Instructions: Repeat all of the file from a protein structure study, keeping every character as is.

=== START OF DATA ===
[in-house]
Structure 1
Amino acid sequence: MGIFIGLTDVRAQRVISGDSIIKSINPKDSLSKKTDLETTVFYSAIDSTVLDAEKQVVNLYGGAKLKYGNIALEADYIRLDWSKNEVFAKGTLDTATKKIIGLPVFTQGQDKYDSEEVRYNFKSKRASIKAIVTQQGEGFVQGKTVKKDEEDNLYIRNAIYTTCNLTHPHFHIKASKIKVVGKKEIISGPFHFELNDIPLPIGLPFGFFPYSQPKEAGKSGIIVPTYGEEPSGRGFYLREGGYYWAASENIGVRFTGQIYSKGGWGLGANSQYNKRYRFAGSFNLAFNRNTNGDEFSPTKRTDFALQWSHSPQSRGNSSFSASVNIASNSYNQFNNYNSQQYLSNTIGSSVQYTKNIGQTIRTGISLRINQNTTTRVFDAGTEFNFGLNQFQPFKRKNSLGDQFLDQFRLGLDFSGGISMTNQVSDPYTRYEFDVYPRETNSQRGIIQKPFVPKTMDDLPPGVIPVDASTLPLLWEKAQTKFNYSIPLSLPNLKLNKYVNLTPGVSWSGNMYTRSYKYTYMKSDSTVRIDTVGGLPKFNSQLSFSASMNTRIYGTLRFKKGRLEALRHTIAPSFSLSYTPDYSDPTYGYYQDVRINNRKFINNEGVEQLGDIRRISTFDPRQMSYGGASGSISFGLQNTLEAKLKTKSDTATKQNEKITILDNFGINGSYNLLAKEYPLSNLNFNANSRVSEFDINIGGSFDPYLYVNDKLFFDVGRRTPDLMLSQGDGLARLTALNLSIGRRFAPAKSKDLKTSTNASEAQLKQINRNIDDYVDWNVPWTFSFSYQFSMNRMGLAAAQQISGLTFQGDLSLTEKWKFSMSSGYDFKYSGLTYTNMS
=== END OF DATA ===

[in-house]
Structure 1
Amino acid sequence: MGIFIGLTDVRAQRVISGDSIIKSINPKDSLSKKTDLETTVFYSAIDSTVLDAEKQVVNLYGGAKLKYGNIALEADYIRLDWSKNEVFAKGTLDTATKKIIGLPVFTQGQDKYDSEEVRYNFKSKRASIKAIVTQQGEGFVQGKTVKKDEEDNLYIRNAIYTTCNLTHPHFHIKASKIKVVGKKEIISGPFHFELNDIPLPIGLPFGFFPYSQPKEAGKSGIIVPTYGEEPSGRGFYLREGGYYWAASENIGVRFTGQIYSKGGWGLGANSQYNKRYRFAGSFNLAFNRNTNGDEFSPTKRTDFALQWSHSPQSRGNSSFSASVNIASNSYNQFNNYNSQQYLSNTIGSSVQYTKNIGQTIRTGISLRINQNTTTRVFDAGTEFNFGLNQFQPFKRKNSLGDQFLDQFRLGLDFSGGISMTNQVSDPYTRYEFDVYPRETNSQRGIIQKPFVPKTMDDLPPGVIPVDASTLPLLWEKAQTKFNYSIPLSLPNLKLNKYVNLTPGVSWSGNMYTRSYKYTYMKSDSTVRIDTVGGLPKFNSQLSFSASMNTRIYGTLRFKKGRLEALRHTIAPSFSLSYTPDYSDPTYGYYQDVRINNRKFINNEGVEQLGDIRRISTFDPRQMSYGGASGSISFGLQNTLEAKLKTKSDTATKQNEKITILDNFGINGSYNLLAKEYPLSNLNFNANSRVSEFDINIGGSFDPYLYVNDKLFFDVGRRTPDLMLSQGDGLARLTALNLSIGRRFAPAKSKDLKTSTNASEAQLKQINRNIDDYVDWNVPWTFSFSYQFSMNRMGLAAAQQISGLTFQGDLSLTEKWKFSMSSGYDFKYSGLTYTNMS